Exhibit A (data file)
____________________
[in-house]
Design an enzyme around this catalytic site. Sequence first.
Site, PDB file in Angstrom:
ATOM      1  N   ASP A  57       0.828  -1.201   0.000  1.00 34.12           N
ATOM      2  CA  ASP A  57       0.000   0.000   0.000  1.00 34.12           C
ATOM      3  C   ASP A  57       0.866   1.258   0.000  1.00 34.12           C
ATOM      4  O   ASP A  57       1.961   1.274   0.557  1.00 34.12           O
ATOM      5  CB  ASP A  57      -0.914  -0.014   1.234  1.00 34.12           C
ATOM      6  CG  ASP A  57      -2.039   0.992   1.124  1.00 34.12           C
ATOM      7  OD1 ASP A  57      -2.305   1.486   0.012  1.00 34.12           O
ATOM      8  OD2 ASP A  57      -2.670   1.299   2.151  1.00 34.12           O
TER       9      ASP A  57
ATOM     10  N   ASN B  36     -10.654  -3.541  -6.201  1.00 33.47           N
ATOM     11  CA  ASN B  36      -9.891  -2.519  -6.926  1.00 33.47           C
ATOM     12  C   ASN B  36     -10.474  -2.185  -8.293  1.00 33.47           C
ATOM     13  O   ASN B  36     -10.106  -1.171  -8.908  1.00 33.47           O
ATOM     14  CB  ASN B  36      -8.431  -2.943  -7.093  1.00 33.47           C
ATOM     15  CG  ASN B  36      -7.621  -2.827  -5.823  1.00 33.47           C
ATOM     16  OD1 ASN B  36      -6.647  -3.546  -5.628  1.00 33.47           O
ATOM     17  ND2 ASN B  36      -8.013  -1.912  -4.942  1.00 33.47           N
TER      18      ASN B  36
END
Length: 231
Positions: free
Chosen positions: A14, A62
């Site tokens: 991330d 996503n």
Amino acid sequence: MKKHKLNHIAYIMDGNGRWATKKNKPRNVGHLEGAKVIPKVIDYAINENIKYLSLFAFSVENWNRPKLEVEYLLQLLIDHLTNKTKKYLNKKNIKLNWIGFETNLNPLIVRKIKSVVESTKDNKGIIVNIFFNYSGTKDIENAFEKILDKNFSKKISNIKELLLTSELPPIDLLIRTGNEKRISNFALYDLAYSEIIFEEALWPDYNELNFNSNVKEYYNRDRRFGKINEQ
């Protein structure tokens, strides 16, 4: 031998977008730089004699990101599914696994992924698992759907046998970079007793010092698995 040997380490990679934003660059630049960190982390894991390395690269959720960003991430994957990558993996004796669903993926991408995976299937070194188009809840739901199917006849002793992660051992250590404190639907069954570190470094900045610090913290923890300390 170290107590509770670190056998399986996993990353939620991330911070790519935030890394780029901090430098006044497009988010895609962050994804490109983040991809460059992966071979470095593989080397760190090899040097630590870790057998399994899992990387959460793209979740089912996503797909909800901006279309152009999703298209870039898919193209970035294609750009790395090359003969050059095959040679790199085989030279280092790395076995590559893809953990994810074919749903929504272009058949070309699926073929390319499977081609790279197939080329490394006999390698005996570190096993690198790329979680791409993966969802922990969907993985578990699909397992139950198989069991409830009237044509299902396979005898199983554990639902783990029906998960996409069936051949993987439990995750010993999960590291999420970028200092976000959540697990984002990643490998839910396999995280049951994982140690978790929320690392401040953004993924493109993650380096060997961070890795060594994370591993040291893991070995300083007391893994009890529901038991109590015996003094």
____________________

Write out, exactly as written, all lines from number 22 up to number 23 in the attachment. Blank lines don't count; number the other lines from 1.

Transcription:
END
Length: 231